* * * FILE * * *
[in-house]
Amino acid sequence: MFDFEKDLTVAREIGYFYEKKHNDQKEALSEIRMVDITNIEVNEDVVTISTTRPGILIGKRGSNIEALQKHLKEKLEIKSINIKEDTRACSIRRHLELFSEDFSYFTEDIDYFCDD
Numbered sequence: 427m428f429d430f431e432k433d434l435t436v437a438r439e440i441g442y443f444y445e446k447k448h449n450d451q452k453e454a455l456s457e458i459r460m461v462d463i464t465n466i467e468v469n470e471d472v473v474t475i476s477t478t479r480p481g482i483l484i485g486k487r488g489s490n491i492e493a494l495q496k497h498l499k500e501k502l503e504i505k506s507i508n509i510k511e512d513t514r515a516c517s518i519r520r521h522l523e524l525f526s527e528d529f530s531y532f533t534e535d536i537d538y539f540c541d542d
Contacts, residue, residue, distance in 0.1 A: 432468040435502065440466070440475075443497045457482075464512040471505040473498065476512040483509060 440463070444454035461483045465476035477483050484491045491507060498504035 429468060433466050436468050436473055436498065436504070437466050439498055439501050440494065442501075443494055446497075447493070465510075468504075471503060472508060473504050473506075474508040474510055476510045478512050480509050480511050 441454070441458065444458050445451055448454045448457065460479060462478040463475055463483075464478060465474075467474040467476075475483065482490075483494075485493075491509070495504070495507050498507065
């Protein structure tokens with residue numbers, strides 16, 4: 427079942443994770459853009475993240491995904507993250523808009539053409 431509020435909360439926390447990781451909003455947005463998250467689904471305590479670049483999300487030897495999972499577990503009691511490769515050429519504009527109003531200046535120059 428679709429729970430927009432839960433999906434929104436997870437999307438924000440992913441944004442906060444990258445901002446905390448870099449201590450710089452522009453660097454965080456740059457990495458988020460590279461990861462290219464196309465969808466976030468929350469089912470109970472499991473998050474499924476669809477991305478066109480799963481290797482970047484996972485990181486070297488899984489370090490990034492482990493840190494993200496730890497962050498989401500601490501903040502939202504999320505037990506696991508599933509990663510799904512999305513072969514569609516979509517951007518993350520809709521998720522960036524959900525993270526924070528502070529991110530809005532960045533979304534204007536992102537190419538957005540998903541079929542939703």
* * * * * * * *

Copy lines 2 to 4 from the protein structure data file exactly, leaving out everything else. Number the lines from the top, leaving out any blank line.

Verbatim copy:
Amino acid sequence: MFDFEKDLTVAREIGYFYEKKHNDQKEALSEIRMVDITNIEVNEDVVTISTTRPGILIGKRGSNIEALQKHLKEKLEIKSINIKEDTRACSIRRHLELFSEDFSYFTEDIDYFCDD
Numbered sequence: 427m428f429d430f431e432k433d434l435t436v437a438r439e440i441g442y443f444y445e446k447k448h449n450d451q452k453e454a455l456s457e458i459r460m461v462d463i464t465n466i467e468v469n470e471d472v473v474t475i476s477t478t479r480p481g482i483l484i485g486k487r488g489s490n491i492e493a494l495q496k497h498l499k500e501k502l503e504i505k506s507i508n509i510k511e512d513t514r515a516c517s518i519r520r521h522l523e524l525f526s527e528d529f530s531y532f533t534e535d536i537d538y539f540c541d542d
Contacts, residue, residue, distance in 0.1 A: 432468040435502065440466070440475075443497045457482075464512040471505040473498065476512040483509060 440463070444454035461483045465476035477483050484491045491507060498504035 429468060433466050436468050436473055436498065436504070437466050439498055439501050440494065442501075443494055446497075447493070465510075468504075471503060472508060473504050473506075474508040474510055476510045478512050480509050480511050 441454070441458065444458050445451055448454045448457065460479060462478040463475055463483075464478060465474075467474040467476075475483065482490075483494075485493075491509070495504070495507050498507065